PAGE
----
Most writers I know make sounds resembling a dying wildebeest when you mention yet another social media outlet to grapple with.
And usually that’s Instagram.
We get Facebook (because we have to), and we get Twitter (you get Twitter, right? If not, you’re missing out on wonderful things like #MSWL and #pitchmad!). We get Pinterest because you can just be passive and pin all the pretty.
Is it really necessary?
And yet, Instagram is one of the most fun tools out there. It really is! Bear with me and let me show you.
The basic mechanics of Instagram
First, understand that Instagram doesn’t want to be anything but mobile, so if you’re hoping to use it on your desktop, you won’t (well, unless you use a tool like Bluestacks, which I recommended in my last post on Social media tips for keeping your sanity).
For a long time, I didn’t care because—what? Was I going to take photos of my feet or my breakfast? Who cared? Turns out, there are tons of times you might want to take a photo and upload:
- When you put together your TBD pile
- When you get your ARCs in the mail if you’re pubbed
- When you and your cat are enjoying a nice cup of tea (I’m guilty)
Think of Instagram as snapshots of your life. Behind the scenes snapshots. And people LOVE seeing the person behind the words. And therefore, Instagram is a terrific tool.
Just like Twitter is a quick little foray from your head, Instagram is a visual snapshot of your head.
Tags work just like Twitter
Yes, and there are tons of authors waiting to see your photos. There really are! You can find your tribe just as easily on Instagram as on Facebook or Twitter. Try these:
#amwriting #editing #authorsofinstagram #authorlife #authors #writers #writersofinstagram #books
The ideal posting frequency is 1.5 times a day. Instagram recently changed their algorithm to resemble Facebook’s in that the more you post, the more you’ll be seen.
Followers are as sneaky as on Twitter
You’ll get the usual people following you so you’ll follow back, just like on Twitter—yawn! And you’ll hear people tell you that the way to get more followers on Instagram is to follow loads of people you don’t know and see what happens. Um….or, just be yourself? And followers will come because you’re awesome?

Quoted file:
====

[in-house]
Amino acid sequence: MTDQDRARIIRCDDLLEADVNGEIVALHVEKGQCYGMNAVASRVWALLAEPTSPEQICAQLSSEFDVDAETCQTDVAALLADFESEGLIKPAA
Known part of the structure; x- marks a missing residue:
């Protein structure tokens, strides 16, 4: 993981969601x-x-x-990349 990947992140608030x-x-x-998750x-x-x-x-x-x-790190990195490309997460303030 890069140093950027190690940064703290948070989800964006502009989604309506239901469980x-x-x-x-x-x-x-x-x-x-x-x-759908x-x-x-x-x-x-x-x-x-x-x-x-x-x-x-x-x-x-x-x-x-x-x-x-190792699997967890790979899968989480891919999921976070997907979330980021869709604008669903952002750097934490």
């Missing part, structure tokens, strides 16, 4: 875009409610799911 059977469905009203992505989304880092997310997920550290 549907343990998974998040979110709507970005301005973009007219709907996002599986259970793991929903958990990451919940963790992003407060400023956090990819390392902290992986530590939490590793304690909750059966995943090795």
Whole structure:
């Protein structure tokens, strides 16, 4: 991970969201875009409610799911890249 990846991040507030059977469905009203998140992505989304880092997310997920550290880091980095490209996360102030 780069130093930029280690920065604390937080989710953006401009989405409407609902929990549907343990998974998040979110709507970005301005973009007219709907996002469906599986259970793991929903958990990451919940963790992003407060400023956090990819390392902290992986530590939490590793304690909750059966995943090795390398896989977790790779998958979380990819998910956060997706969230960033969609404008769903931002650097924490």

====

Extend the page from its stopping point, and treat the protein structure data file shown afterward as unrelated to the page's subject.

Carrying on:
There are plenty of marketing opportunities
There’s so much fun to be had for writers and authors on Instagram. There are:
- List challenges, like the current #ListifyLife challenge that me and author Roni Loren came up with. It’s just all about writing lists – one topic per week. Search for it and see!
- Instagram take-overs. This is a really fun idea where a friend or fellow author takes over your account for a set period of time, like a day or a week. They post and their followers get exposure to you, and vice versa. It’s a fun way to inject something different into your posts.
- If your reader audience is in the 15-25 years-old age, Instagram is the way they are connecting now. But DON’T be promotional. Be authentic.
Joining Instagram is easy
It’s best to use a mobile device, because Instagram was designed for mobile use. Go to Instagram.com. When filling out your profile, use your real picture–a really good one of the real you. You are going to use Instagram to build your brand. Build your brand around your author name. You want to sell you, why you write. Be positive. Follow people and leave comments.
Like Twitter, Instagram uses hashtags and limits your characters. You’ve got 150 to say what you need to go with your pictures. The easiest time to post is right after you take a picture you want to share.
The best time to post on Instagram is quitting time, 5:00 p.m. The optimum number of posts per day is 1.5. So that means a single post one day, two the next, and alternate on that schedule.
You can be as creative as you want. You can be as engaged as you want. It’s another way to connect with your potential readers. And it can be fun. Really!
Are you on Instagram already? What challenges, successes, or just fun times have you had on Instagram? What’s your best shared picture?
(Note from Fae: Sierra is collecting cool pictures in places with little-to-no connectedness. Never fear, our Writers in the Storm group will respond to your comments. And Sierra will be here when she can throughout the week, so check back for her responses.)
Sierra Godfrey writes fiction with international settings and always a mention of football (soccer) or two. She is a member of the Women’s Fiction Writers Association and a quarterly contributor to Writers in the Storm. She writes weekly about Spanish football for various sports sites, and is also a freelance graphic designer. She lives in the foggy wastelands of the San Francisco Bay Area with her family.
Come visit her at www.sierragodfrey.com or talk with her on Twitter @sierragodfrey.